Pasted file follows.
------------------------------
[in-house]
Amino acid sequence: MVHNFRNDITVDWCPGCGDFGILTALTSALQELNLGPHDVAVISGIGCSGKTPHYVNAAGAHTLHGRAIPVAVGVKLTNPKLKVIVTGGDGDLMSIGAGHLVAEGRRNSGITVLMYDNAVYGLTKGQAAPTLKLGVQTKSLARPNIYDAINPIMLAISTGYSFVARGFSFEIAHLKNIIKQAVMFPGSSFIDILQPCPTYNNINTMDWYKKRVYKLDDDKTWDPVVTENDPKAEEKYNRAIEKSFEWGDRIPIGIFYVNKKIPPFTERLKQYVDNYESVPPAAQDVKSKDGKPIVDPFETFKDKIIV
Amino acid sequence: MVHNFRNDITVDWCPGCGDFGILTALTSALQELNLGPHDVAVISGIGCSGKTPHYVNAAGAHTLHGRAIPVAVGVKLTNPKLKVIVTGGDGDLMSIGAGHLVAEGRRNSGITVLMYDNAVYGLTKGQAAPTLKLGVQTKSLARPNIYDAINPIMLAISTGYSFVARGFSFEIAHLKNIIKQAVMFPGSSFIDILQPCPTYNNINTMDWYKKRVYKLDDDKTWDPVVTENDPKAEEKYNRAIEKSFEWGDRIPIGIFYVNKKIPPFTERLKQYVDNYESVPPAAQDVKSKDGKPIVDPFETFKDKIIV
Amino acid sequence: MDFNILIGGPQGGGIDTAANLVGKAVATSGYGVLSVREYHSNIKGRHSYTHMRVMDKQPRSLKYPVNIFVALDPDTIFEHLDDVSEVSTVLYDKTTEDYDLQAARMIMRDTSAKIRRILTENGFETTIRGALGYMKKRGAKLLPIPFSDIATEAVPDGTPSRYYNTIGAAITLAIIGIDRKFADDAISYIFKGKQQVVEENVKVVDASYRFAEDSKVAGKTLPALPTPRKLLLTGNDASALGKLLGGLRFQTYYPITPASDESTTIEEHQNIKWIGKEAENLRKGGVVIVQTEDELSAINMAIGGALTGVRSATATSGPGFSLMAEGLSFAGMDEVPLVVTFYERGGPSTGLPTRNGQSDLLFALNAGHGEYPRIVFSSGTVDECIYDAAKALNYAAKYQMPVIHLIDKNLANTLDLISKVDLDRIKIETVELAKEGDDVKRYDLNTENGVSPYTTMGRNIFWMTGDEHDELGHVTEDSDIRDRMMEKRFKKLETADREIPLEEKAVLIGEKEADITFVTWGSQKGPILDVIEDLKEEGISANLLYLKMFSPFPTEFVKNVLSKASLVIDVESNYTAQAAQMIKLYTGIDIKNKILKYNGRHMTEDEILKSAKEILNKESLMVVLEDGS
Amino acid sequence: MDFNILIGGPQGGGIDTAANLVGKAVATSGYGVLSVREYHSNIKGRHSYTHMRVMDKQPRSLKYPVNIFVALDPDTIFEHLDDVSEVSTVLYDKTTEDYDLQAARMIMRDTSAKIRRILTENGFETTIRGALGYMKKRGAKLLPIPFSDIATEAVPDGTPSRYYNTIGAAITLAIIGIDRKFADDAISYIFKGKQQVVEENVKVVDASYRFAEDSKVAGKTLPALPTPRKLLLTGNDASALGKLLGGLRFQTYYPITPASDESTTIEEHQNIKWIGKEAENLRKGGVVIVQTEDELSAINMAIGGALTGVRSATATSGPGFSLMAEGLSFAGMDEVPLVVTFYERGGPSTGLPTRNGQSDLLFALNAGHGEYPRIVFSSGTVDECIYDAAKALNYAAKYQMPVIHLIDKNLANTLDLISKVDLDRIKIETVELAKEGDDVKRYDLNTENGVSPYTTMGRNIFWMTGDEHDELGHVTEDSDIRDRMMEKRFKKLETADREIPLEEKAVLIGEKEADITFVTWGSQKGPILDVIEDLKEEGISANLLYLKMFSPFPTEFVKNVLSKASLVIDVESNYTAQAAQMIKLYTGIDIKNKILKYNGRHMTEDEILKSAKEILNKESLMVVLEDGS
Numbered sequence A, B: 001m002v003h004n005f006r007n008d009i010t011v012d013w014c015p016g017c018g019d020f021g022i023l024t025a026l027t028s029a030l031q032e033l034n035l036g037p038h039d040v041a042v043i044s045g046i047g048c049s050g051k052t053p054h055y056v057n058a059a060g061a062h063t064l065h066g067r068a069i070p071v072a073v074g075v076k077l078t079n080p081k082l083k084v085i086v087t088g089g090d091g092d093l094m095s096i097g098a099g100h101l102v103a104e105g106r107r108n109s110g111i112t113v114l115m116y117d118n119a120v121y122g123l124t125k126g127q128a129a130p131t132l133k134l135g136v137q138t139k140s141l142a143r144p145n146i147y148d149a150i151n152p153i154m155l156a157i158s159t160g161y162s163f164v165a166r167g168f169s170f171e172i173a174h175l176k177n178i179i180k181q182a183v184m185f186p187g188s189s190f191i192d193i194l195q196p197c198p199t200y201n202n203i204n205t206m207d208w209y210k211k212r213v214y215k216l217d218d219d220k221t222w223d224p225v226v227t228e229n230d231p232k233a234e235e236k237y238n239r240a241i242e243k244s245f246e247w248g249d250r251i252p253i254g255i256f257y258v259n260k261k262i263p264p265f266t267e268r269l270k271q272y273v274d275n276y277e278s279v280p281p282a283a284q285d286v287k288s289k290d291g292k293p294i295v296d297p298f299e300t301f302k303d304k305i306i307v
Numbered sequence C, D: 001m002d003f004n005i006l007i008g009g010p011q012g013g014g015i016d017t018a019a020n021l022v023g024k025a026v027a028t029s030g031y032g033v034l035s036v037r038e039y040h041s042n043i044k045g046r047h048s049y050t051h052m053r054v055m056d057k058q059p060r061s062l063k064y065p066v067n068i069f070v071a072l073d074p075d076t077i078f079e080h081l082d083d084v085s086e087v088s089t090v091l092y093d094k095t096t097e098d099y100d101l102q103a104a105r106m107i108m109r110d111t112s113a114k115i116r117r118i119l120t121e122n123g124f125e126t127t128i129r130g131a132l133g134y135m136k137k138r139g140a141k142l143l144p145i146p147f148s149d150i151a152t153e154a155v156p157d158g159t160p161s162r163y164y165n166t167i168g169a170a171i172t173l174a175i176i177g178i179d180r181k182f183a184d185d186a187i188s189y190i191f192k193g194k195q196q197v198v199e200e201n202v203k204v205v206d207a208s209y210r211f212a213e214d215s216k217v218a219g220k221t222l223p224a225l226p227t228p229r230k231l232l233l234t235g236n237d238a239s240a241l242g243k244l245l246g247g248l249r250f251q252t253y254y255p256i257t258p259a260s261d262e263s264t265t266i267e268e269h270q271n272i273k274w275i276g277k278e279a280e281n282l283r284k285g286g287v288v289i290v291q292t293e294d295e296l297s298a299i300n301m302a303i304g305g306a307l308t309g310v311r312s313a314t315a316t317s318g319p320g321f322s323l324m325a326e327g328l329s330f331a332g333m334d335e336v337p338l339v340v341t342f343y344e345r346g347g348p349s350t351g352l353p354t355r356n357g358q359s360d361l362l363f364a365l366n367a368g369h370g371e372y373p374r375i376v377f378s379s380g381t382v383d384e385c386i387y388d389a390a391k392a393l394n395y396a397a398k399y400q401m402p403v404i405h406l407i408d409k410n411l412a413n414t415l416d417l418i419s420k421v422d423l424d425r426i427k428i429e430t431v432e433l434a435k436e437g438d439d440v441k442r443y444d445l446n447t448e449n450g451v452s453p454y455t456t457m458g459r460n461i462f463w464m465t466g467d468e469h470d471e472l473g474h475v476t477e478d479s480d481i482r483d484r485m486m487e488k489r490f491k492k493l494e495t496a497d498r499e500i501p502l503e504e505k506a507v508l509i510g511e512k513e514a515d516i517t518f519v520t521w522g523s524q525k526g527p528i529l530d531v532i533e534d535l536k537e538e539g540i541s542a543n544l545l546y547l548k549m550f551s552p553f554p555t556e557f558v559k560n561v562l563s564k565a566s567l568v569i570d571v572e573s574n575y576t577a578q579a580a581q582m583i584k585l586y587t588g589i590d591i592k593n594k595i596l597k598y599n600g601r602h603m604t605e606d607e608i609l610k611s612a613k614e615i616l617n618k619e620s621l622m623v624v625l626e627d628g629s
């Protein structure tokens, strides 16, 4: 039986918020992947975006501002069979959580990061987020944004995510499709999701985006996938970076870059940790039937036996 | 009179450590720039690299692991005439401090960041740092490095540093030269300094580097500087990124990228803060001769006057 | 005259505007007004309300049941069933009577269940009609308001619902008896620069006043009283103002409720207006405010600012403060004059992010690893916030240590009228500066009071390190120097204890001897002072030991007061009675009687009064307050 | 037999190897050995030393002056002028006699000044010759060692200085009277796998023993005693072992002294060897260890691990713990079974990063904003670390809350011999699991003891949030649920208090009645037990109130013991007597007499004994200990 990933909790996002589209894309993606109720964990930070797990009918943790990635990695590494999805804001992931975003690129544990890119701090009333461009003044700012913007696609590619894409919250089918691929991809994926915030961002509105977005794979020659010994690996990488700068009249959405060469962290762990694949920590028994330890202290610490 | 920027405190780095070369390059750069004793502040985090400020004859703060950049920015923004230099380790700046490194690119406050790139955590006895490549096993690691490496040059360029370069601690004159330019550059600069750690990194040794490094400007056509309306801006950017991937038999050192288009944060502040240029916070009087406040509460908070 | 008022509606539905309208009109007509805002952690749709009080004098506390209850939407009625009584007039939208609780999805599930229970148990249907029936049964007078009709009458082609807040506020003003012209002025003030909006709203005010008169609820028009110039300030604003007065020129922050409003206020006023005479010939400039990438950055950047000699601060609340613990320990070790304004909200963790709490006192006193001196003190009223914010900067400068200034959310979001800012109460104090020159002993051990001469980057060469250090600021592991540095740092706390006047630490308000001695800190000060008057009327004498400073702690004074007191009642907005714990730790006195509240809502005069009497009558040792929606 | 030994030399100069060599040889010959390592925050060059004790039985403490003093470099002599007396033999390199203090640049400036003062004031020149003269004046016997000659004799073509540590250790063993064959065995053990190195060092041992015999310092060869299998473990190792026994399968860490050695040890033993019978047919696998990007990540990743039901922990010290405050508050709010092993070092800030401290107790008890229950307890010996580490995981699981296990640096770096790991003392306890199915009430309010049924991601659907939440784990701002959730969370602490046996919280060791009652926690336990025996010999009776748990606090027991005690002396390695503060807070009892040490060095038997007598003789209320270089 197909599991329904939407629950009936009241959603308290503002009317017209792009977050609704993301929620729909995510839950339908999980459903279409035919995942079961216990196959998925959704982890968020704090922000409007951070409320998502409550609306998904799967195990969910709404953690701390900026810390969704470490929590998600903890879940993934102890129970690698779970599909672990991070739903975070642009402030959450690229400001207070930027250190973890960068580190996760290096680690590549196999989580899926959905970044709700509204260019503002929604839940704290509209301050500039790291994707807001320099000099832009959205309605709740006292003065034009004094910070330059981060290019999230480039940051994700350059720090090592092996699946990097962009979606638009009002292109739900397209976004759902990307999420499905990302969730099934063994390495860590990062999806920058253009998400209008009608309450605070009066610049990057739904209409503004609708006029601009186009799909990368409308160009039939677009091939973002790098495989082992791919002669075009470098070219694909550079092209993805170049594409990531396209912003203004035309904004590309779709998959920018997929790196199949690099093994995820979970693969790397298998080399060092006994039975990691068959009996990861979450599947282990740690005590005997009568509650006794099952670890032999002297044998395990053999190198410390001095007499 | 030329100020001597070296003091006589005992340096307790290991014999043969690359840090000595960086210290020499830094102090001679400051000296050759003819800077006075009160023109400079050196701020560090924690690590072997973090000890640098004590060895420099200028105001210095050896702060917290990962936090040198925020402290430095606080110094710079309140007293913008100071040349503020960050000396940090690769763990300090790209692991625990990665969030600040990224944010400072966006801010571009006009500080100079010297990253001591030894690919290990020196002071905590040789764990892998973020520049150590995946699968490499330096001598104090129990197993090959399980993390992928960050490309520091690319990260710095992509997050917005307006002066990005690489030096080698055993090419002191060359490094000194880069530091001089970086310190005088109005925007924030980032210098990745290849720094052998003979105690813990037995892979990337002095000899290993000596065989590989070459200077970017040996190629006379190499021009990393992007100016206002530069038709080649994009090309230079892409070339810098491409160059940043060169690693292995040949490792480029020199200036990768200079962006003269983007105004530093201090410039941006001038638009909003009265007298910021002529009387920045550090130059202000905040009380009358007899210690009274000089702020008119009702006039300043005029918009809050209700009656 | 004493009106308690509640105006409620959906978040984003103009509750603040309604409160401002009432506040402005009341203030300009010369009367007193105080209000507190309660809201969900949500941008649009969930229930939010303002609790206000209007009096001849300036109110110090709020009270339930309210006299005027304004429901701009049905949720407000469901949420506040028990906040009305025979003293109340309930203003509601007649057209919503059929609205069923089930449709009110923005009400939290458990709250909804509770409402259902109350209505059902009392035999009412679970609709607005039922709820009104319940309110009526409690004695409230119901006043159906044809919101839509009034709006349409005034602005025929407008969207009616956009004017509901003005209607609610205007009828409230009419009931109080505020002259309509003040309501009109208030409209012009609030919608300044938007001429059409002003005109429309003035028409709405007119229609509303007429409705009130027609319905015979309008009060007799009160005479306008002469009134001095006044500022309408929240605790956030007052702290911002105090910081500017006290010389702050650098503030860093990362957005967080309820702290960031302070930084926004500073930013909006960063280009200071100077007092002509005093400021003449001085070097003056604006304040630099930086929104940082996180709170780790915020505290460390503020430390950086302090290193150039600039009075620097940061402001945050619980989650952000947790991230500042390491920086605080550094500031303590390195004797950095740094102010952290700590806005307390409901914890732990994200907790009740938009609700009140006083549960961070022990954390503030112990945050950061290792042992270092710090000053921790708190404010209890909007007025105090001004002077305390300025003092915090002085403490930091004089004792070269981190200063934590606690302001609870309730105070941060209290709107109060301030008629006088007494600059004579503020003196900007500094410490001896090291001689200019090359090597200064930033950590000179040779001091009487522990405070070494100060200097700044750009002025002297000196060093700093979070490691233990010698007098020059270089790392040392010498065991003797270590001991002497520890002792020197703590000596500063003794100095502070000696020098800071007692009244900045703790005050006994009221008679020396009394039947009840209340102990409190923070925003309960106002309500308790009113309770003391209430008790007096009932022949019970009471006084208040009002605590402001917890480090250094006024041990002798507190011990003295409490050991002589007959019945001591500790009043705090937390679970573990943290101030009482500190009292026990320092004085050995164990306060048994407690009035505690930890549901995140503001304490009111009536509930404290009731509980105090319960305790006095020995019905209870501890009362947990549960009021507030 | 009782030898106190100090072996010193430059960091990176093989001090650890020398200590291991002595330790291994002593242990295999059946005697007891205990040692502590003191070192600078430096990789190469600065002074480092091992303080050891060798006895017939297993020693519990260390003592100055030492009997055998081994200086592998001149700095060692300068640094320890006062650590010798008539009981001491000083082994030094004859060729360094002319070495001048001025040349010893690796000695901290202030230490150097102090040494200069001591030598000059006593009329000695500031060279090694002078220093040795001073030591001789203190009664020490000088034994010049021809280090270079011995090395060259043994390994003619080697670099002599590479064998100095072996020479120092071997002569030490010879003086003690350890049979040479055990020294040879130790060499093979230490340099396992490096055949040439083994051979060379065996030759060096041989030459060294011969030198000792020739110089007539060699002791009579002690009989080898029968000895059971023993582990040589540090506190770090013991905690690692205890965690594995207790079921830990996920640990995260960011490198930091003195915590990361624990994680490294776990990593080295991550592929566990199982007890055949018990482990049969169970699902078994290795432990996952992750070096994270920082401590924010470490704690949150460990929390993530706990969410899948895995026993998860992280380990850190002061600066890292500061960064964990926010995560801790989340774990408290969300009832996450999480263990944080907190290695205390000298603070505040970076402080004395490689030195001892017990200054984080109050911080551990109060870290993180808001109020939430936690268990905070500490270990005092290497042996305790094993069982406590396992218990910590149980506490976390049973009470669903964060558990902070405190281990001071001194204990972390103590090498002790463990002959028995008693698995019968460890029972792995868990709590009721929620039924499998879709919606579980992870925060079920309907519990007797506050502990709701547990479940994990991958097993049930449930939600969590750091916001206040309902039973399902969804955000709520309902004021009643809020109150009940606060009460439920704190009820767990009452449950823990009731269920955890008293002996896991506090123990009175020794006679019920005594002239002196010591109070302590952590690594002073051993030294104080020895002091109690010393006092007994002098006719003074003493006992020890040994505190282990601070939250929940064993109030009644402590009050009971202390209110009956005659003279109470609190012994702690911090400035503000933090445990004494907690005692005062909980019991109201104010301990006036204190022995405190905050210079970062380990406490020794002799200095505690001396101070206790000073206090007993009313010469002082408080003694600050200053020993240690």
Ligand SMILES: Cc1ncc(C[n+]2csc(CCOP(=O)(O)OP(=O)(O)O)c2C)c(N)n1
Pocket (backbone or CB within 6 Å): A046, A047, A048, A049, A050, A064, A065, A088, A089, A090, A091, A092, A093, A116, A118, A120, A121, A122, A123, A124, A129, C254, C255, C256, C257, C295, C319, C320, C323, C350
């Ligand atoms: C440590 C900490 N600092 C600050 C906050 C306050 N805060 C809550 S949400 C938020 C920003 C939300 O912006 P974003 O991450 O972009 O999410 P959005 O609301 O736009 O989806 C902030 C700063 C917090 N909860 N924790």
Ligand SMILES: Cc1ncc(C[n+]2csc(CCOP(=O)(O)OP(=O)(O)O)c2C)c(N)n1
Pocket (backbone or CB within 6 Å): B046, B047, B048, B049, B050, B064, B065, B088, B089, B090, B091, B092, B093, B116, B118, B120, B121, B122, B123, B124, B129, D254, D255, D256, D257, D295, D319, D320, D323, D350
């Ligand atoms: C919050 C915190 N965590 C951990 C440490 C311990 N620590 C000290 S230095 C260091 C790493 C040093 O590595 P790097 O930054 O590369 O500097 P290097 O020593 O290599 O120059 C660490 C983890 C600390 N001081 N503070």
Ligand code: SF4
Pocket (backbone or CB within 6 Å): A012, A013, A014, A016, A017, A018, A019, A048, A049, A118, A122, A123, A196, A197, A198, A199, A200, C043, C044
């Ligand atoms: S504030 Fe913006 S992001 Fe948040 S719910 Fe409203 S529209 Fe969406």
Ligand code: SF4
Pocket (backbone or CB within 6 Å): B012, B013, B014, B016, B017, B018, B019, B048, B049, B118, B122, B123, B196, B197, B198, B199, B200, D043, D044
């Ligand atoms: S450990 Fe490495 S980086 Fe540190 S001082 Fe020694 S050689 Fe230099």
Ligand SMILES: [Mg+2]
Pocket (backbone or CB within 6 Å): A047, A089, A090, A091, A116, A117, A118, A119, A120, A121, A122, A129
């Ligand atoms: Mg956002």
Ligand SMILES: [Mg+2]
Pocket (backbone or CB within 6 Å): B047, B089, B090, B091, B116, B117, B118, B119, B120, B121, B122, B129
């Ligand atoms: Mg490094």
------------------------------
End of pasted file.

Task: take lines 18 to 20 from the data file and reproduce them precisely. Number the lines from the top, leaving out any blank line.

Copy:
Ligand code: SF4
Pocket (backbone or CB within 6 Å): B012, B013, B014, B016, B017, B018, B019, B048, B049, B118, B122, B123, B196, B197, B198, B199, B200, D043, D044
């Ligand atoms: S450990 Fe490495 S980086 Fe540190 S001082 Fe020694 S050689 Fe230099």